Flagstaff, Arizona draws outdoorsy folks and is known as one of Arizona’s more progressive and laidback towns — which bodes well for vegans. I spent a few days in Flagstaff and didn’t run out of delicious, plant-based places to eat. It’s an attractive town to visit in its own right, though many people find themselves here on their way to the Grand Canyon, which is an hour and a half away. Here are some of the top places for vegans to get a good meal.
Plantasia Eatery is the newest, grandest vegan restaurant on the Flagstaff scene. Long-time restaurateur Cecily Maniaci opened Plantasia early in 2023. You can eat in the spacious patio, or enter through a foyer and pass beneath a gorgeous fake-flower archway into the dining room. There you’ll find an over-the-top green theme, from astroturf carpeting to bright, plant-themed upholstered booths and walls covered with fake ferns and other greenery. I visited just after Pride week, so rainbow flags studded the fern walls.
Maniaci became interested in the vegan lifestyle when she went to a plant-based camping event in Sedona a few years ago.
“They drilled it in our heads, you are what you eat. You’re overweight and you’re going to die,” she said. A type II diabetic, she managed to get off insulin by changing her diet. “We are not a preventative society. We are a reaction society.”
The building Plantasia is in was a French restaurant for 35 years. Maniaci had a good time converting the space into her green theme. She told me that Flagstaff has a surprising traffic in astroturf. Every year the local baseball field sells its old turf and replaces it with new.
The food is sensational. I stuffed myself with a vegan cheese plate, grilled bread with balsamic, cauliflower wings and berry salad. Then there was dessert: chocolate cake and soft serve. The wings and the cake were my favorites. Specials change about every month and a half.
“We make 90% from scratch,” Maniaci said. In addition to their vegan chef, Plantasia has an in-house baker.
Maniaci also owns the multi-location Toasted Owl. We visited on a Monday morning, and the patio and the indoor dining area were quite busy. While Toasted Owl isn’t vegan, it has lots of veg choices. The vibe was welcoming and hippieish. It reminded me of going out for breakfast when I was attending University of California, Santa Cruz. Flagstaff has two Toasted Owls, and Maniaci is opening one in Phoenix this summer.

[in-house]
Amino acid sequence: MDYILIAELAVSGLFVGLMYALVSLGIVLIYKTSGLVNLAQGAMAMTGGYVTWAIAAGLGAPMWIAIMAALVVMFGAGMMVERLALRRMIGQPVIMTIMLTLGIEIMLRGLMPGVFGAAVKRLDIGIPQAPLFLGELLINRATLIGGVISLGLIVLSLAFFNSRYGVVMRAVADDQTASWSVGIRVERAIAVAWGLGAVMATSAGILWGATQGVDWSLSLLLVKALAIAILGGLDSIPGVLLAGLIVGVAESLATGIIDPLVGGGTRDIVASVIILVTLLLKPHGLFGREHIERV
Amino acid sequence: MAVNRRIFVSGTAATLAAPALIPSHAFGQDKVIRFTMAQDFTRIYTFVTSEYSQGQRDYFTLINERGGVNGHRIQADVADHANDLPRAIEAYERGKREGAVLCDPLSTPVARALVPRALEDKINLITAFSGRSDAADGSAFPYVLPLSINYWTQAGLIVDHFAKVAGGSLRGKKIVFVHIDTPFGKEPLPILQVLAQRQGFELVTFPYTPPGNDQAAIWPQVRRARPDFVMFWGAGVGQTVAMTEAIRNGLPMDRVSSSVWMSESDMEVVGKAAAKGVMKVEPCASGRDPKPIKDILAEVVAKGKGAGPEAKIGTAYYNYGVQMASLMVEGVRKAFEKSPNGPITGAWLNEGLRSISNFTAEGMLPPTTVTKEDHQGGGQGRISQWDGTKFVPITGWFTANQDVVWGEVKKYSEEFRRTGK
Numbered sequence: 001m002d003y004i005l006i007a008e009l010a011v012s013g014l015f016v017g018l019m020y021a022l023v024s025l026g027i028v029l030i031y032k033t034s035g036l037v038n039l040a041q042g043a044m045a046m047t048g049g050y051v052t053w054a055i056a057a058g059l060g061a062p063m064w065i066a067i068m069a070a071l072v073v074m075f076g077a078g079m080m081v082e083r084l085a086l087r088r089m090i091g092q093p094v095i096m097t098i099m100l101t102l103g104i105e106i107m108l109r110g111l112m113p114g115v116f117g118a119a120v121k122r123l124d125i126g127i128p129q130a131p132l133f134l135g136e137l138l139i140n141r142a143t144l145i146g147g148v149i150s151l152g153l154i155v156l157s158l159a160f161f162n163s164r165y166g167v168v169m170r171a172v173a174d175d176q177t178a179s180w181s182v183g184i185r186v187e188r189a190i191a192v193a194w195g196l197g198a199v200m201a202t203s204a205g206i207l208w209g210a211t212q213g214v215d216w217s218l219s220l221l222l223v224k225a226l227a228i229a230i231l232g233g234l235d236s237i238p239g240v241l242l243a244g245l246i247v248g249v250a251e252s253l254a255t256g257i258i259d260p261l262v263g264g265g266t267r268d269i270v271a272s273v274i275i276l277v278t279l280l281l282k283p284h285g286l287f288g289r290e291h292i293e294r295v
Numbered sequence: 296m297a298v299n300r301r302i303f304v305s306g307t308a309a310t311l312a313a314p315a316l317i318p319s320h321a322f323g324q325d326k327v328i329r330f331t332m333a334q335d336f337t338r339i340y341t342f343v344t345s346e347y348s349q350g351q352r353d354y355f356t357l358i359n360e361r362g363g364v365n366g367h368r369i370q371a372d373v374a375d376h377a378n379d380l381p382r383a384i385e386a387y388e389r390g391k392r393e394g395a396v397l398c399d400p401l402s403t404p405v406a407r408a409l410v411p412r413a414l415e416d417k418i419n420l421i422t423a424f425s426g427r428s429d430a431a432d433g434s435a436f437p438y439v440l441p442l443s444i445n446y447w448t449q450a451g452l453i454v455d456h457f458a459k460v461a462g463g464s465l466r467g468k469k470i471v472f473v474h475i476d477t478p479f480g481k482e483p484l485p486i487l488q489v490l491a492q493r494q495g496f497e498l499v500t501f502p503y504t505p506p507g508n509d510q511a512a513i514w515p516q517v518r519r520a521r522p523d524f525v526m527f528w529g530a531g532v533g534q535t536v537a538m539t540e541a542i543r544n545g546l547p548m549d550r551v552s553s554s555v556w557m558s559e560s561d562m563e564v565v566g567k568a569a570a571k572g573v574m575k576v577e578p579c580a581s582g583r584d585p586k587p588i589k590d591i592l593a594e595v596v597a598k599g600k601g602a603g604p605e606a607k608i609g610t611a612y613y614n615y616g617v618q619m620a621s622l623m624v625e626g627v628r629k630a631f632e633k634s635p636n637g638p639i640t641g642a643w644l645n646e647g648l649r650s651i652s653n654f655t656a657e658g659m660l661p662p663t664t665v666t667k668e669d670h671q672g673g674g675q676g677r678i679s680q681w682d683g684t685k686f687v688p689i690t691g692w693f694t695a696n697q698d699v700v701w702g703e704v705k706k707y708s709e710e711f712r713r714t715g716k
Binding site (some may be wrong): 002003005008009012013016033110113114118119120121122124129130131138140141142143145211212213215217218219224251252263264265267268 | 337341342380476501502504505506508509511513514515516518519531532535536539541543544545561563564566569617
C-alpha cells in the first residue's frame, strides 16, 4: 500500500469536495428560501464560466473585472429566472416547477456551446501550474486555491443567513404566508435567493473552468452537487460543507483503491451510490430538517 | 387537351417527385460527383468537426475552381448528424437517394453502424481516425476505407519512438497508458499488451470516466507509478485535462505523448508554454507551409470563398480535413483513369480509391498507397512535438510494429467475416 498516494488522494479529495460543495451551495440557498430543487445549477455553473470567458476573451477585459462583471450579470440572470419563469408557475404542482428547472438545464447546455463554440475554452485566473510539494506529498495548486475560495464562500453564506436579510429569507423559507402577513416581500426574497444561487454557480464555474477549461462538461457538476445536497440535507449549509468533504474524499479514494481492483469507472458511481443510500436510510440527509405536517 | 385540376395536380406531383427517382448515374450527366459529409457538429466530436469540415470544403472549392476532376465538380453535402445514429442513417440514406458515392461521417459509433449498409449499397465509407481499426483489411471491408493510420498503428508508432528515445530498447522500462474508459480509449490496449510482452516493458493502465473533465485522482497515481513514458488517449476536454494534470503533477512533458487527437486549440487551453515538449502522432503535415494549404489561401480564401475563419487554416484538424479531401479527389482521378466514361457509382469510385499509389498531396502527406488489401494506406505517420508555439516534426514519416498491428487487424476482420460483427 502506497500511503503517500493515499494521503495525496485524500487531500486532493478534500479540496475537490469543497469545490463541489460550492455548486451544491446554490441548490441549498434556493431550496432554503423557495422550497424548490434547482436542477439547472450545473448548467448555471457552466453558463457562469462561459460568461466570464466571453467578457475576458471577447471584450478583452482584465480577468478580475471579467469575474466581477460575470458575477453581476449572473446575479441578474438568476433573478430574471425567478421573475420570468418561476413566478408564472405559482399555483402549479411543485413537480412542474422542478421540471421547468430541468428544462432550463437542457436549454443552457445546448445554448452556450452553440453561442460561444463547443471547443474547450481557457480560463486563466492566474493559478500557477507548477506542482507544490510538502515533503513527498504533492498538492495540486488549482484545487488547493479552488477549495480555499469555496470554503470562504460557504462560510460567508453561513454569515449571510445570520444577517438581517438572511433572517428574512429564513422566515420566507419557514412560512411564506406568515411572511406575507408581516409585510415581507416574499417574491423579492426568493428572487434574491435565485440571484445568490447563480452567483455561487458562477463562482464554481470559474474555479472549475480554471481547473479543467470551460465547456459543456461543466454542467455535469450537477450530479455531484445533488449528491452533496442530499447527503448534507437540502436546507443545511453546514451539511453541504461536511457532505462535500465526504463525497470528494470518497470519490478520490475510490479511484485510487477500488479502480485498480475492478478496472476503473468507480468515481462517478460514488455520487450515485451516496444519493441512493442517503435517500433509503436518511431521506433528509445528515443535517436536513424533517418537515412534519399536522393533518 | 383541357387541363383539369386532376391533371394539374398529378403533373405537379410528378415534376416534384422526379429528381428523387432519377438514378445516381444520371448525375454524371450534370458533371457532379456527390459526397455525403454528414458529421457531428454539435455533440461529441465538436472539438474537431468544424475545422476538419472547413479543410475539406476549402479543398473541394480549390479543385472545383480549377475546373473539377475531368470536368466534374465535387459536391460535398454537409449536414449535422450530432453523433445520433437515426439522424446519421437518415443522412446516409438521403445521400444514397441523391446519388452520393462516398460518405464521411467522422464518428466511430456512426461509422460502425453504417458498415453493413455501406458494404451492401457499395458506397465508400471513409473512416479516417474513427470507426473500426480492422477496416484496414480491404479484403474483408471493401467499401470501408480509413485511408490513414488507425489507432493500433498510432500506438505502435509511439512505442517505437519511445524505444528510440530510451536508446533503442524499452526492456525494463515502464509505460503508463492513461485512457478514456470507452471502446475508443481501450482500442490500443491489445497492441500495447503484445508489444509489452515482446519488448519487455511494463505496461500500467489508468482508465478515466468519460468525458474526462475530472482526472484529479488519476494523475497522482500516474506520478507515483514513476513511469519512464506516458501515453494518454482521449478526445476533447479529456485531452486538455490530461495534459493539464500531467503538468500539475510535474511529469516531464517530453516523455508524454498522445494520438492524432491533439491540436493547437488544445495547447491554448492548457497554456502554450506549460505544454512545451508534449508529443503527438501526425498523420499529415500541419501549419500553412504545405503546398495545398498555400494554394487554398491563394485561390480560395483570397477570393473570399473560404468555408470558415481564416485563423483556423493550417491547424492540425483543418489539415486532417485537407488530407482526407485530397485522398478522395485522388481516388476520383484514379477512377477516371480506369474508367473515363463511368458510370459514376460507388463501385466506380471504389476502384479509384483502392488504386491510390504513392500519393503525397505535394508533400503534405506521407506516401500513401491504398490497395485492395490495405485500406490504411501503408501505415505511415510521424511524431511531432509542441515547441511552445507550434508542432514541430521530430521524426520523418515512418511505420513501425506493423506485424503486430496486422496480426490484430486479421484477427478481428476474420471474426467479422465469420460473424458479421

The patios at both the Toasted Owl and Plantasia are dog-friendly — to a point. Maniaci had to cut it down to four dogs per table because, “We were bombarded. There would be eight dogs, nine dogs. It’s Flagstaff. They bring their clan.”
Everything at the Toasted Owl is for sale — from the tables and chairs to the thousands of owl knickknacks. Maniaci says she loves to shop and she loves to eat. And she obviously has a particular fondness for owls. She has a storage place where she keeps her treasures, and replenishes them as they sell.
Vegan breakfast choices include hot cakes with apple and cinnamon, a breakfast burrito and vegan alternatives to eggs, bacon and burgers.
Tucked into a strip mall, Java Juice’s menu ranges from healthier acai fruit bowls to vegan junk food like chik’n nuggets and nachos. The café offers smoothies and coffee drinks and has an impressive array of both soft-serve and hard-packed vegan ice cream. Still well-nourished from a Toasted Owl breakfast, my husband and I opted for an ice cream lunch. He got a chocolate and cherry shake, I got horchata ice cream topped with some chocolate soft serve. If I lived in Flagstaff, I’d be hitting Java Juice a lot.
Morning Glory Cafe
Morning Glory is a local, organic vegan café that has been around since 1985. It’s a very pleasant breakfast spot with lots to choose from. We split the breakfast tacos — made with red pepper cashew cheese — and the banana pecan blue corn cakes. I make pretty good pancakes, but these delicious hotcakes made me reevaluate my recipe. What I’m missing is obviously the blue corn. So much better than your average pancakes! There’s also an intriguing dish called atole, which is an organic blue corn porridge with goji berries, chia and hemp seeds and other nutritious goodies. If you’re feeling daring, try the spiced mushroom cocoa made with raw cacao and adaptogenic mushrooms. I chose the more conventional mocha.
Cornish Pasty Co.
Pasties originate from Cornwall, England, and can trace their doughy history back to the 1200s. These handheld meals were popular with miners, who could hold onto the crimped side, or “handle,” while eating.
As the Cornish Pasty Co. website explained, “The miners hand would often be covered in arsenic from the mine, so the miners would discard the handle when they were done. The crusts were never wasted though, as many miners believed that ghosts, or ‘knockers,’ inhabited the mines, and the leftover crusts would keep these ghosts content.”
Flagstaff’s premier pasty restaurant features a rocker meets haunted house vibe, with darkly painted walls and sparkling chandeliers. A surprising number of pasties come stuffed with vegan fillings, including cauliflower vindaloo, Portobello mushrooms in Guinness gravy or a vegan Hatch chili burger, made with Impossible beef.
Cold Stone Creamery
Okay, it lacks the choices of the aforementioned Java Juice. But if Java Juice is closed, you can get a vegan ice cream fix at Cold Stone Creamery. I got their vegan special, Silk chocolate almond milk frozen dessert mixed with peanut butter, almonds and banana.
Photography by Teresa Bergen.